- Raising youngstock is no small expense, whether they are raised at home or sent to a custom grower. Evaluate costs to raise a heifer from birth to milking age: Is it $1,700 or $1,300? While I acknowledge cost is not the only factor, the difference of $400 per animal per year is significant for any size herd.
- Miscellaneous expenses also need to be on your radar. These include supplies, whether it’s machinery supplies, milking parlor supplies or veterinary and pharmaceutical expenses. Bid these out at least annually; it’s too easy to get comfortable working with one vendor. Dairy service industries are now looking to expand their sales and may be more willing to be competitive.
Monitor cash flow more frequently
While many operators perform annual profit and loss statements and take the time to plan their cropping or other operational schedules, more frequent analysis can be beneficial. A regular, monthly review of your profit and loss statement is an important tool to understand where shortfalls are. Top producers know their numbers monthly versus quarterly. Combine this with creating forward-looking budgets with your consulting team.
Look forward and communicate
Yes, the industry is in a challenging time right now. Looking backward and learning from your mistakes is important, but spend the majority of your time looking forward.
I can’t emphasize enough how important it is to lean into your consultancy team, and to vocalize your challenges. The more the team understands your challenges, the more apt they are to find solutions. My experience as a lender is those farmers who communicate with me the best are the ones I can best help. Your entire consultancy team’s goals should be to help you solve problems and attain goals.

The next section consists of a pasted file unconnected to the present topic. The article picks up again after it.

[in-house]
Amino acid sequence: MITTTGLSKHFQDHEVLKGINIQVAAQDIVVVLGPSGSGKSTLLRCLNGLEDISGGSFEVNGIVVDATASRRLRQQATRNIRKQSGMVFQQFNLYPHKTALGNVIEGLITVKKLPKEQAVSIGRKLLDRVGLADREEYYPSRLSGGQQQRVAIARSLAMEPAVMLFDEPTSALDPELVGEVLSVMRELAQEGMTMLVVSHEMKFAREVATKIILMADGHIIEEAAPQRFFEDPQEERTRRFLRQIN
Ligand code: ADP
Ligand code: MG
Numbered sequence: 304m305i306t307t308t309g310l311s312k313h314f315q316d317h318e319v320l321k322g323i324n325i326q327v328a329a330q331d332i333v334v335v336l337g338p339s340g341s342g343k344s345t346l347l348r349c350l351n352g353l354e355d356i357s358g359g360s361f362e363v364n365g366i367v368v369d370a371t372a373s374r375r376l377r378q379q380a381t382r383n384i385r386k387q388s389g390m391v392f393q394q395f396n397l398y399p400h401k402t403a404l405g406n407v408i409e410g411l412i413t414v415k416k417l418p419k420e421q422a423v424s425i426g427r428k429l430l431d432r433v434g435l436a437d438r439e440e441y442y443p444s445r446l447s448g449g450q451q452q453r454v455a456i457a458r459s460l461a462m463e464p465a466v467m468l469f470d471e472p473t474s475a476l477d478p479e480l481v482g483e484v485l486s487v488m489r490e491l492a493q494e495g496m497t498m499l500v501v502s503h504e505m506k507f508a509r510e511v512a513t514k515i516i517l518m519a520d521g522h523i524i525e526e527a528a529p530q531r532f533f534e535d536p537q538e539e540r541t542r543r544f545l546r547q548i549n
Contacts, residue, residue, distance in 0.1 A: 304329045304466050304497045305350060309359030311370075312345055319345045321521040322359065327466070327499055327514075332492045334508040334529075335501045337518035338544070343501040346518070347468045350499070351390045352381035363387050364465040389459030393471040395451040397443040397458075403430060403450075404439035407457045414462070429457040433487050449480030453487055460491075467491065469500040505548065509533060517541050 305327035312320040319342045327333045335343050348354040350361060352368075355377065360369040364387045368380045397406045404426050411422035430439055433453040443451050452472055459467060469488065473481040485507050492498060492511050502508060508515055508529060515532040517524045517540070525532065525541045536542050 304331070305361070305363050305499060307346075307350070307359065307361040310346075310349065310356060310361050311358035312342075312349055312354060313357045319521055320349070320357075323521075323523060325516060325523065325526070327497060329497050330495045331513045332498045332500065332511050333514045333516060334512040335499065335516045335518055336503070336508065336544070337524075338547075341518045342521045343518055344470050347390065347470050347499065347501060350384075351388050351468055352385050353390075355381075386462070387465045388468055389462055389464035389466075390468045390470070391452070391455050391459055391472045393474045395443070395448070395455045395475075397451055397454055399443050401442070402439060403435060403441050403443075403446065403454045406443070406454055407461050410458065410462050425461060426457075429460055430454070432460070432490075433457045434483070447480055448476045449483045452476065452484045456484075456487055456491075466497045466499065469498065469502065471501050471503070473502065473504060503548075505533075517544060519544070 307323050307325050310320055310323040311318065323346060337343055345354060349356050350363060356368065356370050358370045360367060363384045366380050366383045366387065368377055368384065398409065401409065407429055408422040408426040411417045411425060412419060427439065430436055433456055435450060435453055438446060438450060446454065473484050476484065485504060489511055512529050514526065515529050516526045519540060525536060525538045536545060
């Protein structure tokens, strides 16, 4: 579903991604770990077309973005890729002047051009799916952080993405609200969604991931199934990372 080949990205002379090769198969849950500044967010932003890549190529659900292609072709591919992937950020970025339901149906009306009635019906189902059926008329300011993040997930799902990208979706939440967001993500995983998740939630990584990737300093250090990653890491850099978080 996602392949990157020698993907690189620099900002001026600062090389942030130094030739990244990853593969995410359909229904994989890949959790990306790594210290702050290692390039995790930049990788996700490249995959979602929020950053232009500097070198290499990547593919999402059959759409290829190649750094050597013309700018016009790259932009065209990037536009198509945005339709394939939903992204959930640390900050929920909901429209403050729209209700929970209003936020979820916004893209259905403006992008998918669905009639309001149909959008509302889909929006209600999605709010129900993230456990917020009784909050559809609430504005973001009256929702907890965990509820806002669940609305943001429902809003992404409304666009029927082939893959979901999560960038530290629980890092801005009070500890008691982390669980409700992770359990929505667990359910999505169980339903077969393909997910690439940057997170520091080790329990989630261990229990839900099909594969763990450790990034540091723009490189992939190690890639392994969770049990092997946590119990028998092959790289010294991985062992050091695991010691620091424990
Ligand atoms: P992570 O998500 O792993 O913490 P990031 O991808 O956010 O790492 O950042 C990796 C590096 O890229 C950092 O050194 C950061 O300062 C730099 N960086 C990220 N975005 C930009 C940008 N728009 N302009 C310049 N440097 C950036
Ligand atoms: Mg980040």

As someone born and raised on a dairy farm and who now works in the financial industry, I recognize the current climate is extremely stressful. Taking the right steps to reduce operational expenses is crucial, and a well-thought-out leadership plan does pay dividends down through your labor pool.
It may sound trite, but attitudes are contagious. A positive attitude can pay dividends throughout your operation as well.
- Vice President/ Senior Agricultural Banking Officer
- Investors Community Bank
- Email Tony Betley
Did you know: Who holds farm debt?
When all the numbers are in, U.S. agriculture-related debt is expected to be a record high of
$409.5 billion in 2018, up 4.2 percent ($16.4 billion) from 2017 levels. The estimate, based on a forecast from the USDA Economic Research Service, projects 2018 real estate debt at a record $250.9 billion, and non-real estate debt at $158.6 billion. In 2018 inflation-adjusted dollars, farm debt in 2018 is the highest since the 1980s.
There are a variety of creditors that lend into agricultural credit markets. John Newton, chief economist with the American Farm Bureau Federation, provided a summary of institutions holding farm debt at the end of 2017.
Leading creditors, ranked by volume and percentage of total farm-sector debt at the end of 2017, were:
1) Commercial banks – $162 billion; 41.2 percent
2) The Farm Credit system – $159 billion; 40.4 percent.
3) Individual creditors – $40 billion; 10.2 percent
4) Life insurance companies – $15 billion; 3.8 percent
5) The Farm Service Agency – $10 billion; 2.5 percent
6) Farmer Mac – $6 billion; 1.6 percent
While the Farm Credit system was the second-largest creditor in agriculture at the end of 2017, these customer-owned cooperatives were the largest creditors in farm real estate, holding about 45 percent of the total.
For non-real estate debt, the largest creditors in agriculture are commercial banks, holding nearly 50 percent of the total. The Farm Credit system held about 33 percent, with individual creditors holding 17 percent.